Recent reports indicate that Troy Woolfolk, who played deep safety last year, will start spring ball at the cornerback position. While I don’t think that Woolfolk will remain at corner through the season, this makes sense for spring ball. Why? Michigan’s only returning scholarship cornerbacks are Justin Turner and J.T. Floyd, and Floyd would likely be a safety if the depth weren’t so shallow. Reinforcements arrive in the summer in the forms of freshmen Cullen Christian, Demar Dorsey, Courtney Avery, and Terrence Talbott. Unfortunately, no cornerbacks (or defensive players, period) enrolled in January.

I’m going to break this down into three components, since terminology and positioning will likely change for this season. If you remember, last year’s “free safety” was an in-the-box player, like Jordan Kovacs. The “strong safety” was the deep safety, which was manned by Troy Woolfolk before he moved to cornerback halfway through the season.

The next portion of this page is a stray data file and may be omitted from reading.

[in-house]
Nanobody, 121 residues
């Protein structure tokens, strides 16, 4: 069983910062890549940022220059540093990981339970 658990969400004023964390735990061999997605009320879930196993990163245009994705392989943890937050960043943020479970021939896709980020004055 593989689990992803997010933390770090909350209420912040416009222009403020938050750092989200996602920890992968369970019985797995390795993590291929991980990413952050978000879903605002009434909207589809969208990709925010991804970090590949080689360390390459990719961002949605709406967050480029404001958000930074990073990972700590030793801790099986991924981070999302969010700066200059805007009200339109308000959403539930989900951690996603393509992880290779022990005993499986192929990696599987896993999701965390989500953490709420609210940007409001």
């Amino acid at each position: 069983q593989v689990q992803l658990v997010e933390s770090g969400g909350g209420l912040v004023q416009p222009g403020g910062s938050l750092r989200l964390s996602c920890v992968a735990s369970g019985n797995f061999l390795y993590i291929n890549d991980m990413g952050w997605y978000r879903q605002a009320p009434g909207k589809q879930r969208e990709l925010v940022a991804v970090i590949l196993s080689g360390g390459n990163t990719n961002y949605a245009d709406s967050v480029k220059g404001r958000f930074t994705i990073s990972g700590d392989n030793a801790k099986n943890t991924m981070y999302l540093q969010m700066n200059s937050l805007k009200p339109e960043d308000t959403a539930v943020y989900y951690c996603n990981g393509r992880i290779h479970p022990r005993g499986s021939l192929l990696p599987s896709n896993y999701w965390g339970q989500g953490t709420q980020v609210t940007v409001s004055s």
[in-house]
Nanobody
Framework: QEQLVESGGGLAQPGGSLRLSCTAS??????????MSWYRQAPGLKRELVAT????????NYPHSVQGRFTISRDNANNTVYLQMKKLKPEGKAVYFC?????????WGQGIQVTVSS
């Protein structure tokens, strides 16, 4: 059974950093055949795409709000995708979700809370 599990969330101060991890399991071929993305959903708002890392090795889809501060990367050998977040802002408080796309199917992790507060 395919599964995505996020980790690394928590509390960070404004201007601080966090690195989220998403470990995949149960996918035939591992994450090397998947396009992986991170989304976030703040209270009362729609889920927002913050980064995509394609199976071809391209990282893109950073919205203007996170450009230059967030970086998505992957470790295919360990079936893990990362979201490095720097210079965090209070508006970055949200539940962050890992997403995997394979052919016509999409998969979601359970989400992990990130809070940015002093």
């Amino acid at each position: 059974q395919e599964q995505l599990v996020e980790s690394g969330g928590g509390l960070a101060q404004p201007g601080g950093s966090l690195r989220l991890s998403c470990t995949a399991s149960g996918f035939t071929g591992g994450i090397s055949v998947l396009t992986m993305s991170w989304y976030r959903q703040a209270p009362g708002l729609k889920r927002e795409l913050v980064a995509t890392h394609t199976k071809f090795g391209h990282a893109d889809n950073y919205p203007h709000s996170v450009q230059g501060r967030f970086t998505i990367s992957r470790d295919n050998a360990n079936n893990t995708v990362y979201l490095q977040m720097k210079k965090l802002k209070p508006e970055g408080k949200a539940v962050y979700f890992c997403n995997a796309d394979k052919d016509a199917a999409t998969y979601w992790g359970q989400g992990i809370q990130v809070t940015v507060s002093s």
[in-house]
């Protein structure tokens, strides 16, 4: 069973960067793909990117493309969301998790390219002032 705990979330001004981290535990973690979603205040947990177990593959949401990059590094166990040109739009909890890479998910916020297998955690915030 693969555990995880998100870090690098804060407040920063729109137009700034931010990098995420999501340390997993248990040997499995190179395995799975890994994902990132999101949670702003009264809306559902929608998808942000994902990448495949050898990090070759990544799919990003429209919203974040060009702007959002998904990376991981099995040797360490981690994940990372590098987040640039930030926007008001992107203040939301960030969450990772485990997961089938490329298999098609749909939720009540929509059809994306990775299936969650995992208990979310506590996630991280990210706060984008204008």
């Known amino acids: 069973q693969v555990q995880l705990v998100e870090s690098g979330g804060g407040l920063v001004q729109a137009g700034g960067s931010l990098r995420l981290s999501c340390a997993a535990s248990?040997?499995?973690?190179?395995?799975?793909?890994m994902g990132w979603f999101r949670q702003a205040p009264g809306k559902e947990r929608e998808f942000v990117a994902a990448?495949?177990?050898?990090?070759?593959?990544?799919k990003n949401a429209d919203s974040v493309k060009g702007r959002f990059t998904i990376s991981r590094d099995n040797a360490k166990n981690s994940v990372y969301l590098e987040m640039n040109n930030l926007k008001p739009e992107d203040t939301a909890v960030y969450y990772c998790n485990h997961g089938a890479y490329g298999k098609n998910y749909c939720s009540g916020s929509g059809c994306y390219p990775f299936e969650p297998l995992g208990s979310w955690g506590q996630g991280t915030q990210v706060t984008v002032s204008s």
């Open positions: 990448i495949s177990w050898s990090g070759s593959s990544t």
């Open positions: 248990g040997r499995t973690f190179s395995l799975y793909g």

Spur is the name used to define a traditional strong safety-type player, someone who can play the role of a run-stopping outside linebacker but with better cover skills. However, the spur plays on the weak side of the defensive formation. Therefore, this year’s spur will be much like 2009’s free safety. As mentioned above, Mike Williams will play spur in the spring, and he could very well be our starter to begin the season. Other players who will likely play spur are redshirt freshmen Thomas Gordon and Brandin Hawthorne. He would usually have outside contain against the run. Both the spur and the boundary safety (see below) could have a deep zone against the pass, depending on the coverage called. In man coverage, he would have the #2 receiver (the second receiver from the sideline).